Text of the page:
Always give an appropriate portion size, and limit his intake to once a week. Remember salmon has a lot of fat too and there is no real reason for you to do so.
Even though salmon can be very beneficial for your dog when properly cooked and served in moderate amounts from time to time, they mainly get all their nutritional needs from a diet focused around high-quality dog food, not human food.
An adequate portion of salmon should not exceed more than 100g per 10pounds of body weight. Limit your dog’s salmon intake to one portion per week.
Can My Dog Get Salmon Poisoning Disease?
Never give your dog raw or undercooked salmon. It can contain the Neorickettsia helminthoeca parasite, which causes Salmon Poisoning disease, a very fatal disease in dogs.
The N. helminthoeca lives inside a parasitic worm, or trematode, more commonly called “flukes”. Flukes are thick, fleshy, flat, leaf-like creatures that take in their nourishment through one or more suckers that they attach to the inside of their host animals. Nanophyteus salmincola flukes are the carriers, or vectors, of the bacterial parasites that cause salmon poisoning disease in our domestic dogs.
Identifying the signs of Salmon Poisoning Disease in dogs is the first step to knowing if your dog requires medical attention. Diseases and symptoms can vary, so it’s always best to consult your veterinarian if you notice any of the following signs:
- Vomiting and diarrhea
- Decrease in appetite
- Weakness and lethargy
- Weight loss
- Swelling of lymph nodes
- Discharge from nose and eyes
Salmon poisoning if not treated quickly and aggressively can be deadly to affected dogs. The sooner you get the proper treatment, the higher their chances of recovery are. Fortunately, this disease does not affect people, it only affects dogs.
There are many other bacteria found in salmon and other fish that could affect your dog. You can also find many parasites like protozoa, flukes, tapeworms, and nematodes that affect fish and can infest your dog, cat, and even humans.
In addition, raw salmon contains lots of small bones, which are brittle and can choke your dog or lodge in his stomach or intestines, causing lacerations and ulcers which can be deadly if untreated and in a lot of cases will need surgery to take out these bone pieces.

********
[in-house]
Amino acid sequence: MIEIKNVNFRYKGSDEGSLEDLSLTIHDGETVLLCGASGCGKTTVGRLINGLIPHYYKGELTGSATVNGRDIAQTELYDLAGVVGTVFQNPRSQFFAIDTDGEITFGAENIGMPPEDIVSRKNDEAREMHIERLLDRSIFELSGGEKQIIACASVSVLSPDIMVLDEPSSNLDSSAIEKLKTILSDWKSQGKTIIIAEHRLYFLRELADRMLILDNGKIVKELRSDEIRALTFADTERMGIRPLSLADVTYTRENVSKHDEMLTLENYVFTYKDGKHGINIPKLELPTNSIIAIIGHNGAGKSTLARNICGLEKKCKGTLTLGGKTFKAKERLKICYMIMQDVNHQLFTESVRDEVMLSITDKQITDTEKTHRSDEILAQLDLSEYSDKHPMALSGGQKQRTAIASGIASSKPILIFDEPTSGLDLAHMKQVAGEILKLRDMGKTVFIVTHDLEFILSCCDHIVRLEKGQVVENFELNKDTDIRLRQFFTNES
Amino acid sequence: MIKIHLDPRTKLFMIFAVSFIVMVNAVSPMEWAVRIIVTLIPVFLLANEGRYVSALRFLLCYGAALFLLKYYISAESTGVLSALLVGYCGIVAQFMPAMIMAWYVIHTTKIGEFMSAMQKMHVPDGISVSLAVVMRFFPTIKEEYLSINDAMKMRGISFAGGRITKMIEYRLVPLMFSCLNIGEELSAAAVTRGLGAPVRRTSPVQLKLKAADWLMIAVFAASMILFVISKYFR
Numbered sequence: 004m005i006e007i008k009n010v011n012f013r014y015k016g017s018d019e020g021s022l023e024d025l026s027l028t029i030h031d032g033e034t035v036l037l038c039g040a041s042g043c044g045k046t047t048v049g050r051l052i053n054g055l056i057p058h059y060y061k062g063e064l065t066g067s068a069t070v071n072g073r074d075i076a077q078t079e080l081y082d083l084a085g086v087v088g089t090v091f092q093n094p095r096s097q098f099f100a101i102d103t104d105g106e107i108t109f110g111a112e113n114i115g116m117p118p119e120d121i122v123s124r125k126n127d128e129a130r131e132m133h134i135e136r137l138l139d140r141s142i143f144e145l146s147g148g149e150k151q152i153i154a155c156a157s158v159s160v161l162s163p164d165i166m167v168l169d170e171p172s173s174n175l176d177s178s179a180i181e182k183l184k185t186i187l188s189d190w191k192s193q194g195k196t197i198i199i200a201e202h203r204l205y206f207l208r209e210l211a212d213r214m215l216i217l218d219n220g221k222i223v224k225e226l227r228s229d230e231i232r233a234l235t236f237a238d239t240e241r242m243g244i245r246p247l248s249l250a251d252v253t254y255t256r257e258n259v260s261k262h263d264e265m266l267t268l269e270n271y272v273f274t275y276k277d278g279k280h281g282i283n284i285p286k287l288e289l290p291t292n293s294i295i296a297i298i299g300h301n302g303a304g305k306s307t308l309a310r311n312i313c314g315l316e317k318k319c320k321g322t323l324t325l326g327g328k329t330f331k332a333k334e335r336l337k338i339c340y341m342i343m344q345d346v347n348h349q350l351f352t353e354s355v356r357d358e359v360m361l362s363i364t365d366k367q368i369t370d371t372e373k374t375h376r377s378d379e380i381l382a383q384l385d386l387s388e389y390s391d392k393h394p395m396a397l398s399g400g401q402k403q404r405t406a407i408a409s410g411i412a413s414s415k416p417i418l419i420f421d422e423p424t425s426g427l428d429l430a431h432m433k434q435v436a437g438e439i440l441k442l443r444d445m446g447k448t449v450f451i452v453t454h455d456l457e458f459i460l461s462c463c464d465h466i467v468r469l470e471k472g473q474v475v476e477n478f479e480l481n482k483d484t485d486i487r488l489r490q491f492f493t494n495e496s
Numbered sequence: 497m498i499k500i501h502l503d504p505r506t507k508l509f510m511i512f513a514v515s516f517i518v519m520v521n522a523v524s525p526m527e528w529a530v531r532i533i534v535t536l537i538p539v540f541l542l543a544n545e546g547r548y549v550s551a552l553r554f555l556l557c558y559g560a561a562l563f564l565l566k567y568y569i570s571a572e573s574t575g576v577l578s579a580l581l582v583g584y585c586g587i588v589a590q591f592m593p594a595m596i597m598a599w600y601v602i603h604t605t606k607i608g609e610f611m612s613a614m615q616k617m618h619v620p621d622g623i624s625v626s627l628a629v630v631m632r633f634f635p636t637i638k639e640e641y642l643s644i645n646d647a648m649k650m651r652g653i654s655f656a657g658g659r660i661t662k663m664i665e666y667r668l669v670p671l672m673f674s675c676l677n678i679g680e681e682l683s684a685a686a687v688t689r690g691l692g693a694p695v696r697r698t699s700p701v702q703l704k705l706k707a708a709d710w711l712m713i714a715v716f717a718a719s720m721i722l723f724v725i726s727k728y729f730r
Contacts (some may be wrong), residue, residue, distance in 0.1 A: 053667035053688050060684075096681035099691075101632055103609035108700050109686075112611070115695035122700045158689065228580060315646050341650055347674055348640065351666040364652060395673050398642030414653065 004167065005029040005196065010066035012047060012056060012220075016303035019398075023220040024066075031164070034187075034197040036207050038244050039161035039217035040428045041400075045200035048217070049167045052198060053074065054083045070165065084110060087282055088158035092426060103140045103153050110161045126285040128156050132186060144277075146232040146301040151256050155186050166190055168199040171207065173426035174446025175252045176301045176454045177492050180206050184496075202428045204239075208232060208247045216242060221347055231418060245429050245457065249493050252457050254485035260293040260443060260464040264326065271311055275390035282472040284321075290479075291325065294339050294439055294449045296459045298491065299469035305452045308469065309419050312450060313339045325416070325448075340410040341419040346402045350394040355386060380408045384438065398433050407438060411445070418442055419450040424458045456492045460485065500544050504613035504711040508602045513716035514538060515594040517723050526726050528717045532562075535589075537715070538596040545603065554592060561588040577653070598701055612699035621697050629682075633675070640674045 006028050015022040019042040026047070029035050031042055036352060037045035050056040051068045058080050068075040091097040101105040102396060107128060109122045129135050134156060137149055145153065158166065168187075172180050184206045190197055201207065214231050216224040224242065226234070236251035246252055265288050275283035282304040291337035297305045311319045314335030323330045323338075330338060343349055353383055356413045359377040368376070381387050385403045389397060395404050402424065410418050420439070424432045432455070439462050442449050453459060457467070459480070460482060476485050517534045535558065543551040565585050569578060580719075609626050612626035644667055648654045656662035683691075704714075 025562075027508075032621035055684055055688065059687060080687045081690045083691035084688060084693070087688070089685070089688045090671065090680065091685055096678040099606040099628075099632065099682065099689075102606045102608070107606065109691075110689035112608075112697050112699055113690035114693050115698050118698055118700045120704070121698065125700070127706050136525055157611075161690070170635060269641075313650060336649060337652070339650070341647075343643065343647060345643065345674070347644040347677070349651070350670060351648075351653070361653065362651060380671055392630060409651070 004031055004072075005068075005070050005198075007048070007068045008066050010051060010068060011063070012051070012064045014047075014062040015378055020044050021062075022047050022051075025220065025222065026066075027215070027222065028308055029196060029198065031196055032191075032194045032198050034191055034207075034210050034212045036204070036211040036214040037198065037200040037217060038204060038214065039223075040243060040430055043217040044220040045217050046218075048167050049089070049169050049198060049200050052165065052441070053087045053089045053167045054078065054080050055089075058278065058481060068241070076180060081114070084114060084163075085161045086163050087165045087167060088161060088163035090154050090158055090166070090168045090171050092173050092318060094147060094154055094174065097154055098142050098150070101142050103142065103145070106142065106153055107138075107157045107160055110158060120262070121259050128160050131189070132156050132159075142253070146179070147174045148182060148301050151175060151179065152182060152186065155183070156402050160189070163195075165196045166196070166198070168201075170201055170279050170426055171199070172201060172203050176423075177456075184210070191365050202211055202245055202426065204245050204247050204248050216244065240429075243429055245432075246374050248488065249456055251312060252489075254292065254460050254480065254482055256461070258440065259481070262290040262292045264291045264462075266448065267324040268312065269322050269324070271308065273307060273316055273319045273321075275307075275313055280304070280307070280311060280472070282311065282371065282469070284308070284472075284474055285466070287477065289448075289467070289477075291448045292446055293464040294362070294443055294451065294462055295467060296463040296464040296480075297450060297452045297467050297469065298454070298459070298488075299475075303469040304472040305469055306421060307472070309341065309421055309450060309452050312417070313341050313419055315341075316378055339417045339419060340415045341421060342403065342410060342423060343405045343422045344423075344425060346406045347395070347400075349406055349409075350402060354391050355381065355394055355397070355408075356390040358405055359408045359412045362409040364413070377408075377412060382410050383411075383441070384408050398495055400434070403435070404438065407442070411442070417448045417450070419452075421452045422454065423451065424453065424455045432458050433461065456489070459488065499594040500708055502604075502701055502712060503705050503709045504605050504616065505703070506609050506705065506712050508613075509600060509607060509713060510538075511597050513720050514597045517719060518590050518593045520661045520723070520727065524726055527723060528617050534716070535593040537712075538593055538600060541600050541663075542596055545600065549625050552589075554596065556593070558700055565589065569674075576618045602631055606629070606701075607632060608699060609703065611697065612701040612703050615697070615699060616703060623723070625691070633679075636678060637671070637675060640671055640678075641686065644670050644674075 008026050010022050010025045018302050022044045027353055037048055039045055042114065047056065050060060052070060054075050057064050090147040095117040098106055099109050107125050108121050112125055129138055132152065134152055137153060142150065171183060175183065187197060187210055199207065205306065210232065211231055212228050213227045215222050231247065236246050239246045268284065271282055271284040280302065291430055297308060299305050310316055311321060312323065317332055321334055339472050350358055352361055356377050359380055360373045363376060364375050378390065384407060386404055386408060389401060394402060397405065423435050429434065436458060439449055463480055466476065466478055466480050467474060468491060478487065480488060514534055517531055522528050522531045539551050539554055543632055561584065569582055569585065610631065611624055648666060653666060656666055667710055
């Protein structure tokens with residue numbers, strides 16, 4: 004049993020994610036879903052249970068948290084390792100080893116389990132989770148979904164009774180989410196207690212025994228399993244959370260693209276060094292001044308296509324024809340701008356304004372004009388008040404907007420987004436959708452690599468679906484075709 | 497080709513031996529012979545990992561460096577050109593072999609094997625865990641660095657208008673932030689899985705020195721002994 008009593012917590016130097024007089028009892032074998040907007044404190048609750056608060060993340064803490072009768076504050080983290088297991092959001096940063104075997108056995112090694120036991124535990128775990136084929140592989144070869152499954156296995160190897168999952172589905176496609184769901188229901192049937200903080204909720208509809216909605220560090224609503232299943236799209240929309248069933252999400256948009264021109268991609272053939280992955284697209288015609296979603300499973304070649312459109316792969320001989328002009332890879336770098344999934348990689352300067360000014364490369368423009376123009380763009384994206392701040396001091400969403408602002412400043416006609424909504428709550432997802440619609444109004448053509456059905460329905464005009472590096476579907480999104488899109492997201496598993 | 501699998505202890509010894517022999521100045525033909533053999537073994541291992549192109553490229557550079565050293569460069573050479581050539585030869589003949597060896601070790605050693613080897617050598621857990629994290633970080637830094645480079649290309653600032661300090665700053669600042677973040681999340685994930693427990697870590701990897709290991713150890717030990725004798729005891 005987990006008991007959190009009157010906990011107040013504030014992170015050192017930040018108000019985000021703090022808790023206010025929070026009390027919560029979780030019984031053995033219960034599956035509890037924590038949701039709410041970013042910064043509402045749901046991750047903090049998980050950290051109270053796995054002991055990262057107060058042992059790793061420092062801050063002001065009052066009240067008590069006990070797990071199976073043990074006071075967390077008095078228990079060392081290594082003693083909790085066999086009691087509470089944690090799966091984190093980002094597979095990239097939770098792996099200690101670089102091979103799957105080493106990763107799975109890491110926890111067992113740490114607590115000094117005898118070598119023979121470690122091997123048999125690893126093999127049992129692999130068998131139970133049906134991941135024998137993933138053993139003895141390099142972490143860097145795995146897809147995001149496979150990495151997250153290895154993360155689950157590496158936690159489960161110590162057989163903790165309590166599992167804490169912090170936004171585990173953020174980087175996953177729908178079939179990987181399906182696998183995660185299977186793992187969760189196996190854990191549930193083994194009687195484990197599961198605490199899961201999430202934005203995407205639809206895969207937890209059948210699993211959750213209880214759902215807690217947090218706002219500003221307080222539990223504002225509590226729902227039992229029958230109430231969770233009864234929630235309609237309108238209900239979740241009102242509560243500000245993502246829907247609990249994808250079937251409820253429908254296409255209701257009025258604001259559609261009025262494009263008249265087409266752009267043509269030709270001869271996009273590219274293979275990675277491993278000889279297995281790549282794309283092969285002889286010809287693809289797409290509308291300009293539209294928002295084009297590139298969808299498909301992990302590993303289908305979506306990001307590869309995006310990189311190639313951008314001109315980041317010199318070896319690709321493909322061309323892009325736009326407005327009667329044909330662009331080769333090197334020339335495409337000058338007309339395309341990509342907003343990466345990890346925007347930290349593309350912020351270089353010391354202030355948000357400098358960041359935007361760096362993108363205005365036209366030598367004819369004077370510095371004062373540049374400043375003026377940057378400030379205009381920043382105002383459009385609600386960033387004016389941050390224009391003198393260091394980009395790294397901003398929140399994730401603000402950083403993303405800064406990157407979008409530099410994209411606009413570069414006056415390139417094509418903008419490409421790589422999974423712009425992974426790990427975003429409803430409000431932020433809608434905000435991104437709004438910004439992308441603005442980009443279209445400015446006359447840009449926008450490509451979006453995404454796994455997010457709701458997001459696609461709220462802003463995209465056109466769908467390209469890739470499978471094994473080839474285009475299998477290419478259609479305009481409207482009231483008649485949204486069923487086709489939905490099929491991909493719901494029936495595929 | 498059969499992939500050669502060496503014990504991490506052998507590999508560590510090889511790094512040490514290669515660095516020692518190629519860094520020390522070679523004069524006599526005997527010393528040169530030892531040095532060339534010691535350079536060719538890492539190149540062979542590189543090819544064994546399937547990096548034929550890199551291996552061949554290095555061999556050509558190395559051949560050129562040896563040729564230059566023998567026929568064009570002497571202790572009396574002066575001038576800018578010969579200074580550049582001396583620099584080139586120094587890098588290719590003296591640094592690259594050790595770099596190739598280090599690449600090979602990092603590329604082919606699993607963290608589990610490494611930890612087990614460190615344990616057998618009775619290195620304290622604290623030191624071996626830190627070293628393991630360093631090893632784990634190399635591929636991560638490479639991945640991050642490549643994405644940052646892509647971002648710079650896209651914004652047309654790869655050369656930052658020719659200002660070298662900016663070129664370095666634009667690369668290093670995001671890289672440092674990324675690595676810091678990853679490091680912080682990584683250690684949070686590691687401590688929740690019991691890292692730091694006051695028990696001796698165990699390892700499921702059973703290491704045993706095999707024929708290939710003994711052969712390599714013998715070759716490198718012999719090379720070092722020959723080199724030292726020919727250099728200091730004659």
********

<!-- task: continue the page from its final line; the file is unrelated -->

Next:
Make sure you don’t feed your dog with undercooked or raw salmon, as it could possibly lead to Salmon Poisoning Disease that can be deadly to dogs.
How do I Avoid Salmon Poisoning?
Always give your dog well-cooked, boneless salmon. This will kill off the harmful parasites and bacteria that may be present. You can poach, grill, steam or bake the salmon with almost no oil added.
It’s not recommended to add salt, pepper, onions or garlic which can affect also your dog’s health. These ingredients are not poisonous but can cause an upset stomach, vomiting and even gastritis to your dog depending on the amounts.
Another important thing to know is that these parasites and bacteria can be killed by freezing the salmon for at least 24 hours, only then they can be eaten “raw”. When you eat sushi, restaurants use frozen fish which is then defrosted thus eliminating the harmful bacteria and parasites.
Can I give my Dog the Salmon Skin?
It is not recommended you give your dog the salmon skin either, it does contain a lot of vitamin D and fatty acids but it also contains a lot of fats too which can get your dog very fat and cause even diseases like Pancreatitis, a disease that starts with signs similar to Salmon Poisoning and can eventually lead to diabetes.
A bit of skin is fine if well cooked. If the fish is grilled you can keep the skin on, which will help your filet stay intact while you cook. You can always remove it later if you prefer.
Salmon Oil Supplements
There are many Salmon or Fish Oils in the market that are for dogs. These include the omega-3 essential fatty acids your dog needs and can be added to your dog’s food or given directly in the mouth.
In my own opinion, I recommend my patients a balanced dog food rich in omega-3 because these oils that come sometimes in pumps or in capsules have too much fat content and I have seen dogs getting fat after just a few months taking them. Also, as with other medications and vitamins, people tend to forget and its easier and less expensive to just buy a good quality dog food than having to buy supplements.
However, this changes when your dog has a disease and needs an increased amount of omega-3 fatty acids (like heart disease, or skin allergies), here you need to supplement.
Anyways, always read the labels and ask your veterinarian for the correct amounts that you should give your dog.
Even if you don’t feed them the salmon or the skin, they can still find the remains in the trash can. So, always be careful handling salmon and other fish, keep them away from your dog and dispose of them correctly and properly (wrap whatever raw salmon you want to dispose of tightly to make it difficult for them to unwrap if they find them) and out of your dog’s reach.
Always remember to wash your hands after handling raw fish as with any other raw meats. Remember you can contaminate other foods this way and affect your own health.
This article has been written by Dr Dr. Miguel A. Mendoza, DVM.
Miguel graduated from the Pedro Henriquez Ureña National University in Santo Domingo, Dominican Republic in 2008. Where he imparted Ethnology, Veterinary Parasitology, Laboratory Techniques and Pharmacology. Has a Masters degree in Animal Behavior and a big interest in Veterinary Parasitology and Laboratory.